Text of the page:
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Marine water system

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Hi all,

We have a difficult situation with our marine hot water system which I'd like to resolve, but, before ploughing ahead, I need to work out whether what I'm thinking of doing will work okay.

To give a bit of background, our Falcon 22 has three water tanks in total, two cold and one hot (basic, very basic calorifier) The system is not pressurised and the taps operate an ITT pump using micro switches which pushes water out of the taps by pressurising the mid cold water tank. Our current setup is one cold water tank in the bow (the highest tank on the boat) which then feeds into the lower middle cold tank which is situated right next to our hot tank.

To cut the story short, our current calorifier is worse than useless and has no immersion heater option either. We are also very limited on space if we want to fit a replacement unit in the same space and all "off the shelf" modern units are either way too big to fit or so small capacity, there simply wouldnt be sufficient hot water to merit doing it. Here's what I'm hoping will work.....

There is sufficient room to fit a new calorifier in the engine bay but it would mean that the new unit would be higher than the middle cold tank and existing calorifier. Our ITT pump is however, very powerful and produces over 38PSI when operated. My question is this. Would the new tank fill with water okay and also would the heat exchange system with the engine be alright as it would be higher than the existing unit? I think it is possible to fit non return valves to the new tank but what worries me is operating an immersion heater when the tank isn't full :shocked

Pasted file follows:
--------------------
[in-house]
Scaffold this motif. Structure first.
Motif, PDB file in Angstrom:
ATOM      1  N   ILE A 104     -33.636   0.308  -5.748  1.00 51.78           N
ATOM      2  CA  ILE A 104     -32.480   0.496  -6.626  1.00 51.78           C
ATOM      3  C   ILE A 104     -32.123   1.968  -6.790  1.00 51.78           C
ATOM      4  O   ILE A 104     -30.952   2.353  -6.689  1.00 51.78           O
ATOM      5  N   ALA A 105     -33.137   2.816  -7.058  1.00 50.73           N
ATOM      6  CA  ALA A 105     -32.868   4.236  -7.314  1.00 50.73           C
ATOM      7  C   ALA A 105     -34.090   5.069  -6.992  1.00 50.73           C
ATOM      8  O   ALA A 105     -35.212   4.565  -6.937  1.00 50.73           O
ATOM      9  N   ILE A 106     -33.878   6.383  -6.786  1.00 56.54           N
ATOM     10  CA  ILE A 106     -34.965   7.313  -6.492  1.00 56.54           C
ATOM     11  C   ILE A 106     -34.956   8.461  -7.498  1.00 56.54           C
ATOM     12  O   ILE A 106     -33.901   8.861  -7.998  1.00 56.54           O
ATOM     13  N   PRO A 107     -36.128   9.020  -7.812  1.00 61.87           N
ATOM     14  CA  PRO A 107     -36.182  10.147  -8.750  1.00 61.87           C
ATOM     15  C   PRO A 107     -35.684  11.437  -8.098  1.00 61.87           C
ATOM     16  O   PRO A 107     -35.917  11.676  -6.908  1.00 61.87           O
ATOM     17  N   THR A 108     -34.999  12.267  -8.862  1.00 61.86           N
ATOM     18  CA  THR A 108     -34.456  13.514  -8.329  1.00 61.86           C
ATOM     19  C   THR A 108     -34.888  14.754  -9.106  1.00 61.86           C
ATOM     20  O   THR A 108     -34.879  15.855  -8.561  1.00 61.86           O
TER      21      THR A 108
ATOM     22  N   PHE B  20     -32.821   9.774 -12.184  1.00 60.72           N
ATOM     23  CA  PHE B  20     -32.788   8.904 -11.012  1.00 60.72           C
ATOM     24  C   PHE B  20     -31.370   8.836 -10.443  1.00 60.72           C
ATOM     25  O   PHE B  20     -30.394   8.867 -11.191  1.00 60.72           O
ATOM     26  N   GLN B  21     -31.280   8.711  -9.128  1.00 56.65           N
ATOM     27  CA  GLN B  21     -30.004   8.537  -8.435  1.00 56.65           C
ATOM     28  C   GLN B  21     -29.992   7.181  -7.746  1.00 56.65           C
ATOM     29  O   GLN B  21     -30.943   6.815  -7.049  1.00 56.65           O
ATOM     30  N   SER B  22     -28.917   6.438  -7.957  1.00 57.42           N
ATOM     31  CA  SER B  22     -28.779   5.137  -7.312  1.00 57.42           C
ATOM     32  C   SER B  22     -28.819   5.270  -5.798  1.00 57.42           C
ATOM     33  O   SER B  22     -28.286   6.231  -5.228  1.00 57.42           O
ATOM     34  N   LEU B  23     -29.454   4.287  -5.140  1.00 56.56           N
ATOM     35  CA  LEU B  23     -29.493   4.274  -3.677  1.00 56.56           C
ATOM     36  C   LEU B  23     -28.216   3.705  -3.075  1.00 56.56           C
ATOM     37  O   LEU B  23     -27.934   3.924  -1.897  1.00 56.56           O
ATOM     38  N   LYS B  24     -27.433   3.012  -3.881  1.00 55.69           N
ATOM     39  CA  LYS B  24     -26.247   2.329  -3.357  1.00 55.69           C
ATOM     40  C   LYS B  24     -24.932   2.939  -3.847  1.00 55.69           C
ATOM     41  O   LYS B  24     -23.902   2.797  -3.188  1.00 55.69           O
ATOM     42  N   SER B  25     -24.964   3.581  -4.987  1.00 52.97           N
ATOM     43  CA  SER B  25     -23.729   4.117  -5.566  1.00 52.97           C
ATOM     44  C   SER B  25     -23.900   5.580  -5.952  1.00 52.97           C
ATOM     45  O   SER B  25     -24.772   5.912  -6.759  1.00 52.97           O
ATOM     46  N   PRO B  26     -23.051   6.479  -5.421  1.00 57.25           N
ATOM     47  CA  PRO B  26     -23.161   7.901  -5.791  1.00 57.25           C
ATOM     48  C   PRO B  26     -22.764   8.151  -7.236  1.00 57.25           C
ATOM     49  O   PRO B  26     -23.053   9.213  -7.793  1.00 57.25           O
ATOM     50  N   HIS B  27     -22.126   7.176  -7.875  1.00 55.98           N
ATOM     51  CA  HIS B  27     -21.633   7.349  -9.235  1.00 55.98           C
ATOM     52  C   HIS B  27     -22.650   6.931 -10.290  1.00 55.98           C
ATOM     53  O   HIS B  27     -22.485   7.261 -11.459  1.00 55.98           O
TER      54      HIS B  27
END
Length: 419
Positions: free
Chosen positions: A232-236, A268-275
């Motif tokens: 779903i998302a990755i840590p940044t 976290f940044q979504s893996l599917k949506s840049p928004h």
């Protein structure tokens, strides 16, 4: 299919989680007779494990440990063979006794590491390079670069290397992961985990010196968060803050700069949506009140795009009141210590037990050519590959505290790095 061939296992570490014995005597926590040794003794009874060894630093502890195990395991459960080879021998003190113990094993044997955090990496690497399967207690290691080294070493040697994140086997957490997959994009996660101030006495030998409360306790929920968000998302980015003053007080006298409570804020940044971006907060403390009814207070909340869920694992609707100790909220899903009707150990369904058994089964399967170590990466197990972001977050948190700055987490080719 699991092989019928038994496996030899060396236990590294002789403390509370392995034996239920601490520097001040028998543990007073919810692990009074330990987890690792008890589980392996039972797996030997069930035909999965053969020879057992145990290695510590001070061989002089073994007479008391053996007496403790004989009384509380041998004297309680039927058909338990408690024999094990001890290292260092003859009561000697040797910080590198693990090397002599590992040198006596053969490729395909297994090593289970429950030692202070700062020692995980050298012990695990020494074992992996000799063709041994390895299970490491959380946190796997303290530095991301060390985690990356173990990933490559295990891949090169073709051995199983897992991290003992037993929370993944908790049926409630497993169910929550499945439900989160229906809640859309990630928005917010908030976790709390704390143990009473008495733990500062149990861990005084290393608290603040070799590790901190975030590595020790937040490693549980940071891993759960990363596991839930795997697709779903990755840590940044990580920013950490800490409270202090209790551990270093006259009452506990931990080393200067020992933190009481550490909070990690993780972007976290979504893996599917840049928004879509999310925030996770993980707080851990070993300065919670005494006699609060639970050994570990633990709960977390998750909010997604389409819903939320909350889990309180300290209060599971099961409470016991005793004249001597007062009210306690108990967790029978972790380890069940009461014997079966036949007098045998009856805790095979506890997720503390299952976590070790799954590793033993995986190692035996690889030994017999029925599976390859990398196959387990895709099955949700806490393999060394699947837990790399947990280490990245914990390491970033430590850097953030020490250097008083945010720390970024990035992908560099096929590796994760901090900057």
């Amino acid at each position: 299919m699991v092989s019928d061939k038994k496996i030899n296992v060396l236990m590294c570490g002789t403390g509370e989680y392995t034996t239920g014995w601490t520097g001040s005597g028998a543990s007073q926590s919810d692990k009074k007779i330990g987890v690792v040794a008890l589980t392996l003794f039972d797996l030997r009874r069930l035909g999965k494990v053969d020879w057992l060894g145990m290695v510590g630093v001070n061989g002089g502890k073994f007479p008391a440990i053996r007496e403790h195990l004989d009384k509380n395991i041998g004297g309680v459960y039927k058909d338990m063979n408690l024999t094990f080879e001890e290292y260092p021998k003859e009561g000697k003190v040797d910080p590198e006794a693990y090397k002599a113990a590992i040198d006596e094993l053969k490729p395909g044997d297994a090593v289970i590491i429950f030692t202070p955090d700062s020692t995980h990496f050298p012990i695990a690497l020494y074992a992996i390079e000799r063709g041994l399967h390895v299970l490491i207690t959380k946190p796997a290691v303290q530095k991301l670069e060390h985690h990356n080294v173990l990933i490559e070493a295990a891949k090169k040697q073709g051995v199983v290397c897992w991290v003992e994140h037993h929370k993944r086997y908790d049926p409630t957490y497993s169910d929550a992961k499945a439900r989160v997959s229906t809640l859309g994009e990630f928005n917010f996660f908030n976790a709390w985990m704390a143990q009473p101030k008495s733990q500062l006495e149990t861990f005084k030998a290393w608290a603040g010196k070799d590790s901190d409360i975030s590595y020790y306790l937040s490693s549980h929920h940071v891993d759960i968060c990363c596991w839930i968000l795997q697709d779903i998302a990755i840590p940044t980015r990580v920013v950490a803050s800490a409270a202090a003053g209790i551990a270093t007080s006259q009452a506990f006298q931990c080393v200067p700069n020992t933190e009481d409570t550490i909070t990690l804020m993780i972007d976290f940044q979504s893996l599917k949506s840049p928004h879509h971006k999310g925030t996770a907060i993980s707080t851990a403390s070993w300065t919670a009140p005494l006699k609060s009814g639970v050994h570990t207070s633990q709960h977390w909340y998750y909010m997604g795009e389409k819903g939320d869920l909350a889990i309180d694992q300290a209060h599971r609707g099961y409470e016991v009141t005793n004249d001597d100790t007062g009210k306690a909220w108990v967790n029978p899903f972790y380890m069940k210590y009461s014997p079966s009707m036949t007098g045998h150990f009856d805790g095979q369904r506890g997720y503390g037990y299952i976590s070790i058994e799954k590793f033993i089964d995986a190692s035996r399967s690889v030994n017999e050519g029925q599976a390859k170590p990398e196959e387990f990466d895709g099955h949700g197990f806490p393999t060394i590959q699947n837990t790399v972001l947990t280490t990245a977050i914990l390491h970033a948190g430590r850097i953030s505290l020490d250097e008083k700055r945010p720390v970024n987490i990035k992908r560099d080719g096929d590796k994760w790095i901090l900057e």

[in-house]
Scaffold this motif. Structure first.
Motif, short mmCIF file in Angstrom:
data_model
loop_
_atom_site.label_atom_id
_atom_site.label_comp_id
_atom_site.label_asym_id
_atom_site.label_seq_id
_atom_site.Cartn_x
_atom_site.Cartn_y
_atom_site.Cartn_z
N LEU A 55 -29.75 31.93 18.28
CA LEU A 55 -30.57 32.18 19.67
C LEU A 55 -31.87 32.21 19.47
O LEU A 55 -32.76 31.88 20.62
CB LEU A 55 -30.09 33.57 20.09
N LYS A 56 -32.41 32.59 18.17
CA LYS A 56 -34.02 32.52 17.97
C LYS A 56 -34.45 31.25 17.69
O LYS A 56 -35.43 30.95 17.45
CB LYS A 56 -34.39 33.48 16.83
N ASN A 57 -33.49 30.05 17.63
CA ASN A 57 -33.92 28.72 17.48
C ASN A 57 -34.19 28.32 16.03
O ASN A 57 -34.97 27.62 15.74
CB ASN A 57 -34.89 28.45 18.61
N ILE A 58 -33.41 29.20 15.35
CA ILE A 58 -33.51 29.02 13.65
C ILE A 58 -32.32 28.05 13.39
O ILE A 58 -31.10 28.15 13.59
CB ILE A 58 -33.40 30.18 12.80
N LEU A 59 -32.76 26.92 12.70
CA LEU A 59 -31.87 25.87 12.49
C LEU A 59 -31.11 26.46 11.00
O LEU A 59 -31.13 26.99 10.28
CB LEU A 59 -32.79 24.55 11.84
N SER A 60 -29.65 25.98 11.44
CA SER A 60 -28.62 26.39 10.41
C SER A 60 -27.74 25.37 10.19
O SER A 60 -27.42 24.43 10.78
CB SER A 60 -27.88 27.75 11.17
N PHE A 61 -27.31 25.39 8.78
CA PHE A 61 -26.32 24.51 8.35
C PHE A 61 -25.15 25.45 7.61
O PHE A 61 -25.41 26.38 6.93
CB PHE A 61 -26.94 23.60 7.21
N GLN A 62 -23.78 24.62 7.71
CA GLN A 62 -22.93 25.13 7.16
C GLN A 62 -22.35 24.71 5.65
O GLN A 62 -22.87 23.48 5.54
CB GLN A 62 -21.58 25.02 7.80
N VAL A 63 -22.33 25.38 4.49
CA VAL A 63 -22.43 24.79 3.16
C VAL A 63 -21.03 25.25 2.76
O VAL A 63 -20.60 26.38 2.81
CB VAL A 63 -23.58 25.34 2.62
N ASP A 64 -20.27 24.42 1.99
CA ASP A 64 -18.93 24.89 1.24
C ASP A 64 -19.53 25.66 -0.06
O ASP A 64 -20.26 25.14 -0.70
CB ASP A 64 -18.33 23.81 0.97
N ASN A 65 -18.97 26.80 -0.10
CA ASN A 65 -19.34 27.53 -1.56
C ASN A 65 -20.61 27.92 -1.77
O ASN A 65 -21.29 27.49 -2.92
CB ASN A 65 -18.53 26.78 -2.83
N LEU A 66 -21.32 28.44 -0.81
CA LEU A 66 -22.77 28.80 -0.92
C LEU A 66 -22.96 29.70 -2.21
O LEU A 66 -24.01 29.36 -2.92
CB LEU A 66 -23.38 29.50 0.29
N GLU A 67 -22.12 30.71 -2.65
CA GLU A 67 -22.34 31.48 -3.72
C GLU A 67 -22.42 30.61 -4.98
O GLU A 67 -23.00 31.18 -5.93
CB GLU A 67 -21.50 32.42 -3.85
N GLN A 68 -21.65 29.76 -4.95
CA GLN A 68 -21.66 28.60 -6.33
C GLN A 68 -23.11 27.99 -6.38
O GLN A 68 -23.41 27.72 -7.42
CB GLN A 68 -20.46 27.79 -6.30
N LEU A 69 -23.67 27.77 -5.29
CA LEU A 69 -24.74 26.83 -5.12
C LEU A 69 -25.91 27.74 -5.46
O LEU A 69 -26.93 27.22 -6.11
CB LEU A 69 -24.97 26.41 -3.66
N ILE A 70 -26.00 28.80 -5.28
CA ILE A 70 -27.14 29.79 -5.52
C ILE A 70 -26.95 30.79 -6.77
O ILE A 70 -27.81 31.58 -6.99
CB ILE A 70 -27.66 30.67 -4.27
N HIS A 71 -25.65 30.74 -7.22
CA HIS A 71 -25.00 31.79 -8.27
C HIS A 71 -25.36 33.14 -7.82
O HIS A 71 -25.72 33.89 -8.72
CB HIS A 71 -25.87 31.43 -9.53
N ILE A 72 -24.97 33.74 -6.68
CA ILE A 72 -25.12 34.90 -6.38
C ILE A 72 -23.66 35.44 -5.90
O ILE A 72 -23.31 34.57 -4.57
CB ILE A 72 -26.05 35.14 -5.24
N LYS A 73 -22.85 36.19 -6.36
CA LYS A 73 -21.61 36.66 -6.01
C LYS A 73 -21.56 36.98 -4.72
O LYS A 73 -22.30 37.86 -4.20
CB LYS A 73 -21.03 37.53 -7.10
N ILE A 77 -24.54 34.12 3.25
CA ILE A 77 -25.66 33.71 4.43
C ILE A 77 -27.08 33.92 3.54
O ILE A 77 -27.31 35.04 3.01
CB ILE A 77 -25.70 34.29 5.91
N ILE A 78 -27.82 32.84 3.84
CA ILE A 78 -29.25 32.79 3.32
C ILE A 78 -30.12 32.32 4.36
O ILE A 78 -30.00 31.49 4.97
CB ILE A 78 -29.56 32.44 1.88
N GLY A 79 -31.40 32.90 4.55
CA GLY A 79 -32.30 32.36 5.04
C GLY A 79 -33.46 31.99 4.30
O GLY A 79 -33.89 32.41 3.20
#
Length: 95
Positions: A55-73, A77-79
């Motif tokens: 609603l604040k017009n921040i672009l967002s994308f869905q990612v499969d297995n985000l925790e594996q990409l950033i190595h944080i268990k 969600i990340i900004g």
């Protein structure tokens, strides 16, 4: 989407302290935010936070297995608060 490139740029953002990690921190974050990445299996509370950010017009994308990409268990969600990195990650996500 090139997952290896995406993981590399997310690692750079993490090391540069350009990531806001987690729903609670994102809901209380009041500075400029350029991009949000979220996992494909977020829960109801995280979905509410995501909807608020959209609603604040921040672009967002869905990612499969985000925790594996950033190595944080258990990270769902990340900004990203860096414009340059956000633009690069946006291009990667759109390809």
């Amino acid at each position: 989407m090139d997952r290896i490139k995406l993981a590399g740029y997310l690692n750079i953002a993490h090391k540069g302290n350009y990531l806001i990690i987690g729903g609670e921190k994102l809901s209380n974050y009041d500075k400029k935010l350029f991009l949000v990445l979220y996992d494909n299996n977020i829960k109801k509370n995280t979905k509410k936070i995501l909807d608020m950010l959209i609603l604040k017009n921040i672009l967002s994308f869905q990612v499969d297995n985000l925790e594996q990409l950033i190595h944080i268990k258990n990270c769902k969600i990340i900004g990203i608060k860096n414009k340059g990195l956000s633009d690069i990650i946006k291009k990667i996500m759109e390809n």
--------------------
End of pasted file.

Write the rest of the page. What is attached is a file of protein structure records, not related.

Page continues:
Any advice, thoughts suggestions would be most welcome! We can't operate a pressurised system btw as we would need to start from scratch and it would cost a bomb. :cry

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Well, the calorifier cannot be empty Jim so don’t worry there, it can only work by the hot water being displaced by the cold and being pushed out of the taps. If you are worried about drain back then a one way valve between the cold tank and calorifier should assuage any concerns. Provided the calorifier’s engine hot water circuit is not the highest point of the whole cooling circuit then it will be fine, if it is higher then you could always fit a swirl chamber to purge any air locks.

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Hi Jim

As long as your pump is pressurising the system when a tap is opened to "push" the water out, I can't see a problem, as the pump would pressurise the middle tank which would force cold water into the calorifier, and thereby push the hot water from the calorifier to the open tap. However, going back to the old caravan days when they had microswitches on the taps, some of them used to "suck" the water out of the tank, which I guess would be a totally different kettle of bananas. It might be worth just making sure!

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the only problem i could see in raising the outlet from the hotwater tank would be if it were higher than the tank in the bow,ie it wouldn,t fill by gravity,ie there may be a delay whilst the pump pushed the water up the outlet pipe..I think i would install a preassure pump between the bow tank and the mid cold and calirfior(you could use the old pump and install a preassure switch which would be less money) this would give you a preassurized water system the only part missing is the preassure switch,and maybe a non return valve between the bow tank and the pump feed